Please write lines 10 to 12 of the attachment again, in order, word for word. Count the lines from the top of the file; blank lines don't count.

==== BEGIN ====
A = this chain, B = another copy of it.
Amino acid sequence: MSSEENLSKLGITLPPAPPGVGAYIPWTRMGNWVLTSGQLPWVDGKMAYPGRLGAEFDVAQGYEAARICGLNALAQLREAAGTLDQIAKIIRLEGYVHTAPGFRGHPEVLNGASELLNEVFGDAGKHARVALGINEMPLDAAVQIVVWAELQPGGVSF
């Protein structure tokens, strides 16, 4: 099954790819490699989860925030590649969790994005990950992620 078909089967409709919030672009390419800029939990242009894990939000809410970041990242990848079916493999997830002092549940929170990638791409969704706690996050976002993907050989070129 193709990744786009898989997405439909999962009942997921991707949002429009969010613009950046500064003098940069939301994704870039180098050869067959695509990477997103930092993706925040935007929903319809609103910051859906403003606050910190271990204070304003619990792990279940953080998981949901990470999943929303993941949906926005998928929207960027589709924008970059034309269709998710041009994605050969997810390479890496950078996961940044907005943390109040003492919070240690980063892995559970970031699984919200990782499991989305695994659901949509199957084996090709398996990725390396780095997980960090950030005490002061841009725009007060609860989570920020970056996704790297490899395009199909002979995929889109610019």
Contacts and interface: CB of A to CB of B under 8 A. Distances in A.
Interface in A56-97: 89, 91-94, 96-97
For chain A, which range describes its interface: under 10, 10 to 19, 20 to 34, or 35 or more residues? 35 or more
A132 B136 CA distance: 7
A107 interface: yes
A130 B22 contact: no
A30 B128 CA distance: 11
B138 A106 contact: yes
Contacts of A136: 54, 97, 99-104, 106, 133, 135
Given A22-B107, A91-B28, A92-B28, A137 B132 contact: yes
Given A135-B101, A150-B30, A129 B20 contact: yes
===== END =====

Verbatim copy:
A30 B128 CA distance: 11
B138 A106 contact: yes
Contacts of A136: 54, 97, 99-104, 106, 133, 135